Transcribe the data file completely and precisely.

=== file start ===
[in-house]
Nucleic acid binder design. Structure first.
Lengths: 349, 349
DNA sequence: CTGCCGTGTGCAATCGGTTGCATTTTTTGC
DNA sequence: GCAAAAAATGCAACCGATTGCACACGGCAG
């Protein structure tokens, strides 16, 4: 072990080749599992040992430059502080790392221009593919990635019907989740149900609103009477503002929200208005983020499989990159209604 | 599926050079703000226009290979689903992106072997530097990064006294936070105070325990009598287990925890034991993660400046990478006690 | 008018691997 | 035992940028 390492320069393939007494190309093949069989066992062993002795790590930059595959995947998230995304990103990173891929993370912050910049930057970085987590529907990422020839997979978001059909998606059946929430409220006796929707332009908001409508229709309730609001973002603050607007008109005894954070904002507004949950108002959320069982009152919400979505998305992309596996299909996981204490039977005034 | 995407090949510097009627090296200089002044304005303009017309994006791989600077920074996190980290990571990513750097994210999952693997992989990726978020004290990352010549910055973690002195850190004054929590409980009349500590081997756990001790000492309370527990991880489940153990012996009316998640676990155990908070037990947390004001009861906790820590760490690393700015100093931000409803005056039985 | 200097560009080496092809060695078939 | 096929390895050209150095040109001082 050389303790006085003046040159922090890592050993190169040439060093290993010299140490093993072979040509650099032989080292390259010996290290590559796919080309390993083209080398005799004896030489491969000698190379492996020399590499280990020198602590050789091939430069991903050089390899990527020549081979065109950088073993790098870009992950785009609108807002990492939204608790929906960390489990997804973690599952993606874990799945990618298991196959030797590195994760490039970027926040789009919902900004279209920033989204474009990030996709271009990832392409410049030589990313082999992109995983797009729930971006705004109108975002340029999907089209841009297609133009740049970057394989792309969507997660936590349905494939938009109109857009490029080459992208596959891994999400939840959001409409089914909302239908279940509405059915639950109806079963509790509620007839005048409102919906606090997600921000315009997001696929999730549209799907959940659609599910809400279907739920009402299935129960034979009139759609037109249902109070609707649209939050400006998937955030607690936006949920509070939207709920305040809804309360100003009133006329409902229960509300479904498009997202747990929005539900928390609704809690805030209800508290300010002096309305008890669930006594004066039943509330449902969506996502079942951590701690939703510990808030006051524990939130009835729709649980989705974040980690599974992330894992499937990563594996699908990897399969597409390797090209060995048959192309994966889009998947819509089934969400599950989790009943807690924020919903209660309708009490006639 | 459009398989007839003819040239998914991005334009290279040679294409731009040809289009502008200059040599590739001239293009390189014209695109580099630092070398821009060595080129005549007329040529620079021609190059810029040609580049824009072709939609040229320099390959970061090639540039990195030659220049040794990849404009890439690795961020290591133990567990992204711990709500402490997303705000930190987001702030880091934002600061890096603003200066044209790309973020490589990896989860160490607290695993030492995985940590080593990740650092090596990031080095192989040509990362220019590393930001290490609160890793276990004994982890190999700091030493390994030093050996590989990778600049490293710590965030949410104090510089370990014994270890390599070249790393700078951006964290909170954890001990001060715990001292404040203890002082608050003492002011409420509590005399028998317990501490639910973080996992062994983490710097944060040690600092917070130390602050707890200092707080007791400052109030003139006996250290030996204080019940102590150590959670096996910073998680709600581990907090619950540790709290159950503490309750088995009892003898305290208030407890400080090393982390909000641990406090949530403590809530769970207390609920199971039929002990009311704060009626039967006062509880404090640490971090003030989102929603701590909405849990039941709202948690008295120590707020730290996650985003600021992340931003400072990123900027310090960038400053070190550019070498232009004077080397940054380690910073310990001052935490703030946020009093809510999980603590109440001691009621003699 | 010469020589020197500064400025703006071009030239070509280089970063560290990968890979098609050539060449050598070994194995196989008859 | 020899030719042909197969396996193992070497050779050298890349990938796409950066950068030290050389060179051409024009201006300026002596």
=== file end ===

[in-house]
Nucleic acid binder design. Structure first.
Lengths: 349, 349
DNA sequence: CTGCCGTGTGCAATCGGTTGCATTTTTTGC
DNA sequence: GCAAAAAATGCAACCGATTGCACACGGCAG
């Protein structure tokens, strides 16, 4: 072990080749599992040992430059502080790392221009593919990635019907989740149900609103009477503002929200208005983020499989990159209604 | 599926050079703000226009290979689903992106072997530097990064006294936070105070325990009598287990925890034991993660400046990478006690 | 008018691997 | 035992940028 390492320069393939007494190309093949069989066992062993002795790590930059595959995947998230995304990103990173891929993370912050910049930057970085987590529907990422020839997979978001059909998606059946929430409220006796929707332009908001409508229709309730609001973002603050607007008109005894954070904002507004949950108002959320069982009152919400979505998305992309596996299909996981204490039977005034 | 995407090949510097009627090296200089002044304005303009017309994006791989600077920074996190980290990571990513750097994210999952693997992989990726978020004290990352010549910055973690002195850190004054929590409980009349500590081997756990001790000492309370527990991880489940153990012996009316998640676990155990908070037990947390004001009861906790820590760490690393700015100093931000409803005056039985 | 200097560009080496092809060695078939 | 096929390895050209150095040109001082 050389303790006085003046040159922090890592050993190169040439060093290993010299140490093993072979040509650099032989080292390259010996290290590559796919080309390993083209080398005799004896030489491969000698190379492996020399590499280990020198602590050789091939430069991903050089390899990527020549081979065109950088073993790098870009992950785009609108807002990492939204608790929906960390489990997804973690599952993606874990799945990618298991196959030797590195994760490039970027926040789009919902900004279209920033989204474009990030996709271009990832392409410049030589990313082999992109995983797009729930971006705004109108975002340029999907089209841009297609133009740049970057394989792309969507997660936590349905494939938009109109857009490029080459992208596959891994999400939840959001409409089914909302239908279940509405059915639950109806079963509790509620007839005048409102919906606090997600921000315009997001696929999730549209799907959940659609599910809400279907739920009402299935129960034979009139759609037109249902109070609707649209939050400006998937955030607690936006949920509070939207709920305040809804309360100003009133006329409902229960509300479904498009997202747990929005539900928390609704809690805030209800508290300010002096309305008890669930006594004066039943509330449902969506996502079942951590701690939703510990808030006051524990939130009835729709649980989705974040980690599974992330894992499937990563594996699908990897399969597409390797090209060995048959192309994966889009998947819509089934969400599950989790009943807690924020919903209660309708009490006639 | 459009398989007839003819040239998914991005334009290279040679294409731009040809289009502008200059040599590739001239293009390189014209695109580099630092070398821009060595080129005549007329040529620079021609190059810029040609580049824009072709939609040229320099390959970061090639540039990195030659220049040794990849404009890439690795961020290591133990567990992204711990709500402490997303705000930190987001702030880091934002600061890096603003200066044209790309973020490589990896989860160490607290695993030492995985940590080593990740650092090596990031080095192989040509990362220019590393930001290490609160890793276990004994982890190999700091030493390994030093050996590989990778600049490293710590965030949410104090510089370990014994270890390599070249790393700078951006964290909170954890001990001060715990001292404040203890002082608050003492002011409420509590005399028998317990501490639910973080996992062994983490710097944060040690600092917070130390602050707890200092707080007791400052109030003139006996250290030996204080019940102590150590959670096996910073998680709600581990907090619950540790709290159950503490309750088995009892003898305290208030407890400080090393982390909000641990406090949530403590809530769970207390609920199971039929002990009311704060009626039967006062509880404090640490971090003030989102929603701590909405849990039941709202948690008295120590707020730290996650985003600021992340931003400072990123900027310090960038400053070190550019070498232009004077080397940054380690910073310990001052935490703030946020009093809510999980603590109440001691009621003699 | 010469020589020197500064400025703006071009030239070509280089970063560290990968890979098609050539060449050598070994194995196989008859 | 020899030719042909197969396996193992070497050779050298890349990938796409950066950068030290050389060179051409024009201006300026002596």